By Jamie Stiehm, Thomas Jefferson Street blog
Whatever former Maryland Gov. Robert Ehrlich, a Republican, has to say today as he announces he's running again for the job he lost to Democratic Gov. Martin O'Malley in 2006, nothing will change the greatest legacy he gave to his party and country. The gift Ehrlich gave his fellow Republicans is one they greatly rue, but are still paying the bills for: Yes, I'm speaking about Michael Steele, the garrulous national party chairman who dares to compare himself with President Barack Obama. Talk about audacity. One has a deft and brilliant way with words, spoken and written; the other appears to use the dignity of his office for his unique, jazzy brand of celebrity and has not said one sober thing of importance or insight yet.
Ehrlich plucked Steele out of obscurity as a back-bencher from the Maryland State House to be on his ticket as lieutenant governor about eight years ago. Steele, whose flamboyant statements and high-flying expenses as chairman of a party of privilege he'd like to see go "hip-hop," later ran against the Baltimore Congressman Benjamin Cardin for an open Senate seat. He lost in a flailing fashion in 2006. In other words, he has never been elected in his own right to national or statewide office.
Was Ehrlich's choice a cynical calculation? In a way, it didn't matter, because lieutenant governors don't do much. But the national Republican Party should have checked out Steele's bona fides—or lack thereof—more closely when it hired him as party chairman in the wake of Obama's 2008 victory and joyous inauguration in 2009. If he continues his excruciating behavior—and Steele seems to enjoy a fight with the people who brung him to the party—well, that will be a sweet sight.
Now a word about Ehrlich, a genial pol who exudes entitlement and went to Princeton University and the Gilman School, Baltimore's tony, all-male private school. He played football and to this day is the embodiment of a hearty handshake and hail-fellow-well-met. Fun to hang out with at the races at Pimlico. But the reason he lost to the younger O'Malley, Baltimore's mayor for seven years, is because he lacks substance on policy. O'Malley genuinely loves governing and can talk about his City Hall statistics program until the cows come home. His Irish background shows up when he gives a fluent, fiery speech or when he sings with his Irish rock band; hey, how many new governors sing and play "The Times They Are A'Changin'" at their own inauguration?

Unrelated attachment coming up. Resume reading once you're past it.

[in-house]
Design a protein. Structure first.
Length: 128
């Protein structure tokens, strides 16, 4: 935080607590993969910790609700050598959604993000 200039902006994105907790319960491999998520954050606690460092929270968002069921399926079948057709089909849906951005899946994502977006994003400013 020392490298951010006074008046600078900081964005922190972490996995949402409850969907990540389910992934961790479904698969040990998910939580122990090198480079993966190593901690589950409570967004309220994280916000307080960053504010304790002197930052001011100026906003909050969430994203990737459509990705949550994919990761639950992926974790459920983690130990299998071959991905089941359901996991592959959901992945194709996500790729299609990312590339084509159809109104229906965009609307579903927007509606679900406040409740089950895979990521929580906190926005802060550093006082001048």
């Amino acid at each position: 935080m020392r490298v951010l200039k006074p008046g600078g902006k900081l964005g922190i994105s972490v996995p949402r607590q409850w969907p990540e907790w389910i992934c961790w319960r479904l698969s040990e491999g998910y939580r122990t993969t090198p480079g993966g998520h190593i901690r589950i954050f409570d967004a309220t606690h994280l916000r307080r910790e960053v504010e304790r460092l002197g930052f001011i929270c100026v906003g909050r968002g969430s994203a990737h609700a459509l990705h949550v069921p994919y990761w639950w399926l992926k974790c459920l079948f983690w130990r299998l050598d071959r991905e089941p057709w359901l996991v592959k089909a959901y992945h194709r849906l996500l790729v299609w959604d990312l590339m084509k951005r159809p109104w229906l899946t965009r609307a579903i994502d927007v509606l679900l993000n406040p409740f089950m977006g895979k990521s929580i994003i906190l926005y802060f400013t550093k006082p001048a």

Another reason for the 2006 upset may be that Ehrlich has an ersatz humble shtick: He proclaims himself a working-class kid from Arbutus, Md. True, he comes from Arbutus, but his father was a car dealer and there is nothing more American middle-class than that. Plus, he had every advantage in his elite education, so I'm not buying that. When he stood next to then-President George W. Bush at a fundraiser while in office, the resemblance between them was striking. They looked like older and young fraternity brothers—or like brothers, period. The same kind of smugness and lack of curiosity characterize both men.
In the last four years, Ehrlich has talked a lot on the radio and represented corporate clients as a lawyer. But, you know, a lot of it is personal—I'm a nice guy, so vote for me. And there is bad blood between these two sons of Maryland, so it is personal in that way, too.
Ehrlich is the great white hope for the Republican Party defeating a Democratic incumbent governor this year. He may be the true test of Steele's success, the measure of the man he brought to political prominence. But they're asking Ehrlich: No gifts, please, to the party this time.